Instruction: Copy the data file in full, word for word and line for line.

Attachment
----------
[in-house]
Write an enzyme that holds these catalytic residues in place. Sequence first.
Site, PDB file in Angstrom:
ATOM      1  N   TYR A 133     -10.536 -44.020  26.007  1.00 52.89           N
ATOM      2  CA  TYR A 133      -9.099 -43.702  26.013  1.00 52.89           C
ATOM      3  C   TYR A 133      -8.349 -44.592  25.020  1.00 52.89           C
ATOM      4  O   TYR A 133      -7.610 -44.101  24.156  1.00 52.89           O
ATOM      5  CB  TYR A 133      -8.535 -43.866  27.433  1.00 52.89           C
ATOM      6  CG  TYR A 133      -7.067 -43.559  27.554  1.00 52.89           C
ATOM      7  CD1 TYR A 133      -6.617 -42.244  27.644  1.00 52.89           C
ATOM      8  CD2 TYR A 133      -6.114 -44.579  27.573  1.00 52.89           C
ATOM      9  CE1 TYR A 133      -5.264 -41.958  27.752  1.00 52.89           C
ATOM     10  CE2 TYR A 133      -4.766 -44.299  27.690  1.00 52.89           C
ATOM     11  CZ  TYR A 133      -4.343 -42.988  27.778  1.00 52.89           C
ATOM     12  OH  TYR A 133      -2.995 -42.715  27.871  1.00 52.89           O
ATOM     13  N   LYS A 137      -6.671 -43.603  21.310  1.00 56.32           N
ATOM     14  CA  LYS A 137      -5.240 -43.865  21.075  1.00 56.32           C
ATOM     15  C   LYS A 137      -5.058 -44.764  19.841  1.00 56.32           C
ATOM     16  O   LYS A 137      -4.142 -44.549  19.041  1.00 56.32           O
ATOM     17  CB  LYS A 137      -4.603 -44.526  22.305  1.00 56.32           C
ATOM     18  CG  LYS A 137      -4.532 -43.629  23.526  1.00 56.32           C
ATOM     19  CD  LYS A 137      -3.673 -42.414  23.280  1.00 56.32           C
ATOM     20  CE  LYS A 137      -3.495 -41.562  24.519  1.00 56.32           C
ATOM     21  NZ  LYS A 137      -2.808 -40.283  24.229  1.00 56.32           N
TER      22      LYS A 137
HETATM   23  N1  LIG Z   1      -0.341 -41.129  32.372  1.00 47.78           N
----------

[in-house]
Write an enzyme that holds these catalytic residues in place. Sequence first.
Site, PDB file in Angstrom:
ATOM      1  N   TYR A 133     -10.536 -44.020  26.007  1.00 52.89           N
ATOM      2  CA  TYR A 133      -9.099 -43.702  26.013  1.00 52.89           C
ATOM      3  C   TYR A 133      -8.349 -44.592  25.020  1.00 52.89           C
ATOM      4  O   TYR A 133      -7.610 -44.101  24.156  1.00 52.89           O
ATOM      5  CB  TYR A 133      -8.535 -43.866  27.433  1.00 52.89           C
ATOM      6  CG  TYR A 133      -7.067 -43.559  27.554  1.00 52.89           C
ATOM      7  CD1 TYR A 133      -6.617 -42.244  27.644  1.00 52.89           C
ATOM      8  CD2 TYR A 133      -6.114 -44.579  27.573  1.00 52.89           C
ATOM      9  CE1 TYR A 133      -5.264 -41.958  27.752  1.00 52.89           C
ATOM     10  CE2 TYR A 133      -4.766 -44.299  27.690  1.00 52.89           C
ATOM     11  CZ  TYR A 133      -4.343 -42.988  27.778  1.00 52.89           C
ATOM     12  OH  TYR A 133      -2.995 -42.715  27.871  1.00 52.89           O
ATOM     13  N   LYS A 137      -6.671 -43.603  21.310  1.00 56.32           N
ATOM     14  CA  LYS A 137      -5.240 -43.865  21.075  1.00 56.32           C
ATOM     15  C   LYS A 137      -5.058 -44.764  19.841  1.00 56.32           C
ATOM     16  O   LYS A 137      -4.142 -44.549  19.041  1.00 56.32           O
ATOM     17  CB  LYS A 137      -4.603 -44.526  22.305  1.00 56.32           C
ATOM     18  CG  LYS A 137      -4.532 -43.629  23.526  1.00 56.32           C
ATOM     19  CD  LYS A 137      -3.673 -42.414  23.280  1.00 56.32           C
ATOM     20  CE  LYS A 137      -3.495 -41.562  24.519  1.00 56.32           C
ATOM     21  NZ  LYS A 137      -2.808 -40.283  24.229  1.00 56.32           N
TER      22      LYS A 137
HETATM   23  N1  LIG Z   1      -0.341 -41.129  32.372  1.00 47.78           N